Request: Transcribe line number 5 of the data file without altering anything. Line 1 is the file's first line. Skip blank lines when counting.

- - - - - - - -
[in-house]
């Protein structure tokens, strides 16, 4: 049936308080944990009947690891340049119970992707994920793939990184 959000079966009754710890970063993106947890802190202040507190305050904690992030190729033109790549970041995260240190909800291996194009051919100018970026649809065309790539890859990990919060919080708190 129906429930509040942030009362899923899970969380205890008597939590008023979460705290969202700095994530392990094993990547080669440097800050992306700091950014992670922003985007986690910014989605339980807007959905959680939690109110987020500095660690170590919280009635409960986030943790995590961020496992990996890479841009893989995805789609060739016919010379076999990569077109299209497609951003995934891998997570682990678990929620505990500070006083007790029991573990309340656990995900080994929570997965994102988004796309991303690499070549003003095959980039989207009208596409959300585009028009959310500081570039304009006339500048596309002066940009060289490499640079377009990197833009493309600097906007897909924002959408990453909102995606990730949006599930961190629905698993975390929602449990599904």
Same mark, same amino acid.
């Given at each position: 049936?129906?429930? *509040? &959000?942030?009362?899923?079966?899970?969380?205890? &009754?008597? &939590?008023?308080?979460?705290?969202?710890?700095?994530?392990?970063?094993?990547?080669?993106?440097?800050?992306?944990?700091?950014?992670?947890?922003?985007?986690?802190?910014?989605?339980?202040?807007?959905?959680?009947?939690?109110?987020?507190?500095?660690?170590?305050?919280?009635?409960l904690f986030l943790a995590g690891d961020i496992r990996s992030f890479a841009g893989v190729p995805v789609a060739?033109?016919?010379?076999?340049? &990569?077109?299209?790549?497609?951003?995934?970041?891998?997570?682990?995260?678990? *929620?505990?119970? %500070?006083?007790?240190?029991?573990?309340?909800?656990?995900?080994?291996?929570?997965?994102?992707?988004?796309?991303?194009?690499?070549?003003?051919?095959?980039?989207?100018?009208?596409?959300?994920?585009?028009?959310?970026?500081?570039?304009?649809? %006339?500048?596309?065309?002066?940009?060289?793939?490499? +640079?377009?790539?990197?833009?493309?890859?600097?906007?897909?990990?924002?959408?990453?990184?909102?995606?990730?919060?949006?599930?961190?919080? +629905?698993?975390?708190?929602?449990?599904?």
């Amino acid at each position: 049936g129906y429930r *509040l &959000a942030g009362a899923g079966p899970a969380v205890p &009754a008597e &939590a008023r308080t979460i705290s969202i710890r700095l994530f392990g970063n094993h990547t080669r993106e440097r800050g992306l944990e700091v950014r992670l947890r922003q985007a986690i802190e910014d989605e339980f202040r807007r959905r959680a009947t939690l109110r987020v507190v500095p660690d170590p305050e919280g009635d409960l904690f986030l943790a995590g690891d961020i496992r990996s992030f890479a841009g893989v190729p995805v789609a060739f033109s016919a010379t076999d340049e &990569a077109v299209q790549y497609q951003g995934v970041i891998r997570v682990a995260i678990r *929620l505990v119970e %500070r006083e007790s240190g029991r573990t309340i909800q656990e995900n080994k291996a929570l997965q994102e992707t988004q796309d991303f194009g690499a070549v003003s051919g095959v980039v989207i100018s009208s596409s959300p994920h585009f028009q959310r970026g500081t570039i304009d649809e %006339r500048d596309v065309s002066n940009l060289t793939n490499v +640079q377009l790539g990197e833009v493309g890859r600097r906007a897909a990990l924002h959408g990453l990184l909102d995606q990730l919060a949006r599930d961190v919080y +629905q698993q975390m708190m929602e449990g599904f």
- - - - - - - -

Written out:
């Amino acid at each position: 049936g129906y429930r *509040l &959000a942030g009362a899923g079966p899970a969380v205890p &009754a008597e &939590a008023r308080t979460i705290s969202i710890r700095l994530f392990g970063n094993h990547t080669r993106e440097r800050g992306l944990e700091v950014r992670l947890r922003q985007a986690i802190e910014d989605e339980f202040r807007r959905r959680a009947t939690l109110r987020v507190v500095p660690d170590p305050e919280g009635d409960l904690f986030l943790a995590g690891d961020i496992r990996s992030f890479a841009g893989v190729p995805v789609a060739f033109s016919a010379t076999d340049e &990569a077109v299209q790549y497609q951003g995934v970041i891998r997570v682990a995260i678990r *929620l505990v119970e %500070r006083e007790s240190g029991r573990t309340i909800q656990e995900n080994k291996a929570l997965q994102e992707t988004q796309d991303f194009g690499a070549v003003s051919g095959v980039v989207i100018s009208s596409s959300p994920h585009f028009q959310r970026g500081t570039i304009d649809e %006339r500048d596309v065309s002066n940009l060289t793939n490499v +640079q377009l790539g990197e833009v493309g890859r600097r906007a897909a990990l924002h959408g990453l990184l909102d995606q990730l919060a949006r599930d961190v919080y +629905q698993q975390m708190m929602e449990g599904f």